Despite this continued willingness to adopt Cloud solutions, there are still some hurdles to overcome when it comes to negotiating Cloud contracts. Some 27% of surveyed Cloud purchasers have walked away from at least one deal once it got to the contract negotiation stage. A further 10% have nearly walked away from a deal at this stage.
Why do purchasers walk away?
One of the major barriers to completing Cloud deals is concern regarding data, cited by 30% of respondents as a reason to walk away from a potential contract. In a post-Snowden environment, concerns regarding data protection, data privacy and data security are increasingly prevalent. There is a particular sensitivity regarding data residency given the increase in the number of jurisdictions where governments can access data under measures that contain similar rights to the US Patriot Act.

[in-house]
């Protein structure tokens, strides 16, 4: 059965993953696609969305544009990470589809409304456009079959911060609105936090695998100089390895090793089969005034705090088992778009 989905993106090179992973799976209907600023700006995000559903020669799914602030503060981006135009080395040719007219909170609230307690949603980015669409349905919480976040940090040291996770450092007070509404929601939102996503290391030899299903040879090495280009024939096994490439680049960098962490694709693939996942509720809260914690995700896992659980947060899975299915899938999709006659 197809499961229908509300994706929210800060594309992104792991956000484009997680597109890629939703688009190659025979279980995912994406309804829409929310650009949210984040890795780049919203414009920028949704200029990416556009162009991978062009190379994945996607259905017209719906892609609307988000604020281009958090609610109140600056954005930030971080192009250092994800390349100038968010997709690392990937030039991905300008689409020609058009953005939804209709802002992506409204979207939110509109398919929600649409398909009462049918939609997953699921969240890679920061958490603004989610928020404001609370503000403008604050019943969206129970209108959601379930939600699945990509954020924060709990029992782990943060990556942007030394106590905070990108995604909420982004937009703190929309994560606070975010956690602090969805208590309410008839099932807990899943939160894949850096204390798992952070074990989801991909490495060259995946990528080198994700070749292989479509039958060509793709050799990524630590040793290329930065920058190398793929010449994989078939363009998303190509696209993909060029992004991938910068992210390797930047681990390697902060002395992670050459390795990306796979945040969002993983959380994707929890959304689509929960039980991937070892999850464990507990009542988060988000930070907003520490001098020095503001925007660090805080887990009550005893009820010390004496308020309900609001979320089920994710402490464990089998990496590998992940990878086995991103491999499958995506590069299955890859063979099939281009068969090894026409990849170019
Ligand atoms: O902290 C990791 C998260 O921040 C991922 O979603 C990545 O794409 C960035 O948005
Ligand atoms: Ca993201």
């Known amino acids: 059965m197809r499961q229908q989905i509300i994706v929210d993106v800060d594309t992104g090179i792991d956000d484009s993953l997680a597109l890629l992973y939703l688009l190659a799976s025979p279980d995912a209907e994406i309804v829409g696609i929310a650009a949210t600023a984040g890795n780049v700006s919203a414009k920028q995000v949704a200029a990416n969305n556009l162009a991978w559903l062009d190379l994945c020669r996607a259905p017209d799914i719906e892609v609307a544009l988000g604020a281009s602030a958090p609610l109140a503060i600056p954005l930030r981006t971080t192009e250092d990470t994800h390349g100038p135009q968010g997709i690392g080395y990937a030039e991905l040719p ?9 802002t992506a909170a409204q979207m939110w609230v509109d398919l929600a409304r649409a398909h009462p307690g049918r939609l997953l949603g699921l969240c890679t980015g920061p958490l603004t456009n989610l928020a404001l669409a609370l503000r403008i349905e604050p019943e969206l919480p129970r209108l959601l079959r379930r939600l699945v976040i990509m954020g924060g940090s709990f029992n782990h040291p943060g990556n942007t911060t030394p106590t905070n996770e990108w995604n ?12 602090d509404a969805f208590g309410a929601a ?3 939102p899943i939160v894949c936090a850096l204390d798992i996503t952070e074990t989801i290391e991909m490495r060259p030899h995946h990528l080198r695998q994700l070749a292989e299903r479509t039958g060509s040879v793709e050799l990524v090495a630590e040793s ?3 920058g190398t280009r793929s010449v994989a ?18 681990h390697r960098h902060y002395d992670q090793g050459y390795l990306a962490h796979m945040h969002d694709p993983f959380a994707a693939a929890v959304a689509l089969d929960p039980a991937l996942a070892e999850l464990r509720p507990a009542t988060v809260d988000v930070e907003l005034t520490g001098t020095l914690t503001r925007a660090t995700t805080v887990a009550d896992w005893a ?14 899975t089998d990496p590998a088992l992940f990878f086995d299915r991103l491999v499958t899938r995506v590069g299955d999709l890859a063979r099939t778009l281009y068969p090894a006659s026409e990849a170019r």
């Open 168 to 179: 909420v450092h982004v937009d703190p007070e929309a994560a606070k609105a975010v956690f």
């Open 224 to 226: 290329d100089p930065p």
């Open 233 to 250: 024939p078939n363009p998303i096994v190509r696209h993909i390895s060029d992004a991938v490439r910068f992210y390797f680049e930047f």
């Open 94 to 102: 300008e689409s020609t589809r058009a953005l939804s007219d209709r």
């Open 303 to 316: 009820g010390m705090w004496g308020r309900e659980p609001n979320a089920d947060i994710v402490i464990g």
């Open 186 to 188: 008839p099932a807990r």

Increasingly, purchasers are looking for accountability from Cloud providers around data, and are seeking to shift some or all of the risk to them. This environment of increased concern relating to data can be tricky to manage due to the increased uncertainty following the recent decision of the European Court of Justice which rendered the Safe Harbor framework for protecting personal data transferred to the US from the EU as invalid. In this climate, these concerns regarding data security and inadequate data security breach reporting provisions are causing purchasers to walk away from Cloud deals. Notably, in the Financial Services sector, purchasers are requesting penetration testing and demanding audit rights from Cloud providers presumably in order to discharge regulatory obligations.